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Eur Heart J. 2007 Jul;28(14):1739-45. Epub 2007 May 11.

Low-grade albuminuria and the incidence of heart failure in a community-based cohort of elderly men.

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  • 1Section of Geriatrics, Department of Public Health and Caring Sciences, Uppsala University, Uppsala Science Park, Uppsala, Sweden.



To investigate associations of urinary albumin excretion rate (UAER) and heart failure (HF) incidence in a community-based sample.


In a prospective study of 70-year-old men free from HF at baseline (n = 1106), UAER (from timed overnight samples) was analysed with established risk factors for HF [acute MI before baseline, acute MI during follow-up (modelled as a time-dependent covariate), hypertension, diabetes, left ventricular hypertrophy, smoking, body mass index, and glomerular filtration rate] and more recently described risk factors [high-sensitive C-reactive protein and insulin sensitivity (clamp glucose disposal rate)] as predictors of HF incidence. Ninety-eight participants developed HF during a median follow-up of 9.0 years. In Cox proportional hazards models adjusted for established and novel risk factors for HF, a 1 SD increase in log UAER increased the risk of HF in individuals without anti-hypertensive treatment (hazard ratio 1.49; 95% CI 1.13-1.98; P = 0.005). Furthermore, UAER remained an independent predictor of HF, also in participants without diabetes at baseline or myocardial infarction at baseline or during follow-up. There were no significant associations between UAER and HF incidence in individuals with anti-hypertensive treatment.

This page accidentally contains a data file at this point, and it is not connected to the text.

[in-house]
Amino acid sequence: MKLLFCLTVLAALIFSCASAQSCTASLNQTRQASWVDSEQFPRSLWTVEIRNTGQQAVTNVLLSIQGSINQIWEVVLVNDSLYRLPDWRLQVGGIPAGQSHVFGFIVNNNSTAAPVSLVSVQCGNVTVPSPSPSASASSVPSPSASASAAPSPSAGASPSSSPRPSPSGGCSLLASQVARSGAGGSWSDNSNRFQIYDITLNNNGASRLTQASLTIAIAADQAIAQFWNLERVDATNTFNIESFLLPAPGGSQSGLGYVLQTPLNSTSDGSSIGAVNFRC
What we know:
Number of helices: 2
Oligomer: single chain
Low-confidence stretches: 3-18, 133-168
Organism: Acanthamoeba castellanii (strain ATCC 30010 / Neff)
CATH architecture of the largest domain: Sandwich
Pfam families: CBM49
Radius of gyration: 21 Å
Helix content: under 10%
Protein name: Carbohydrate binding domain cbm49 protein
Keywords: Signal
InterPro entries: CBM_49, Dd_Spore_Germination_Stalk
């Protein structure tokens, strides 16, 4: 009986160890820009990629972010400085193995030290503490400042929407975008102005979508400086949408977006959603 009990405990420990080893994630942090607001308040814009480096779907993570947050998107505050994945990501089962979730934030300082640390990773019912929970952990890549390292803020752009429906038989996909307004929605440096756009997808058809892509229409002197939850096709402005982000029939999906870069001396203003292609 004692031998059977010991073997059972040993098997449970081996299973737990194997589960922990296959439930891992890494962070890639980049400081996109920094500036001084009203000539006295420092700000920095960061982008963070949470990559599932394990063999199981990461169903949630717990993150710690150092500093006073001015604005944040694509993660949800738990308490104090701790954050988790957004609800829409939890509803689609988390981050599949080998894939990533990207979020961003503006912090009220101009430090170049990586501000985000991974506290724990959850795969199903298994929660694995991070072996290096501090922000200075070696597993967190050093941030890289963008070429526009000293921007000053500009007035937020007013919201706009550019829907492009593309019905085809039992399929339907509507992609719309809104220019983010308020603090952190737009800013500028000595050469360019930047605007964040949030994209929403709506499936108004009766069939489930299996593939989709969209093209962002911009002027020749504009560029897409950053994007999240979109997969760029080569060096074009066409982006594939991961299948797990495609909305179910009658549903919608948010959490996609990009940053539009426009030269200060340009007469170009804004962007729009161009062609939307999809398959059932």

Our observations support the notion that low-grade albuminuria is a marker for subclinical cardiovascular damage that predisposes to future HF in the community.

[PubMed - indexed for MEDLINE]
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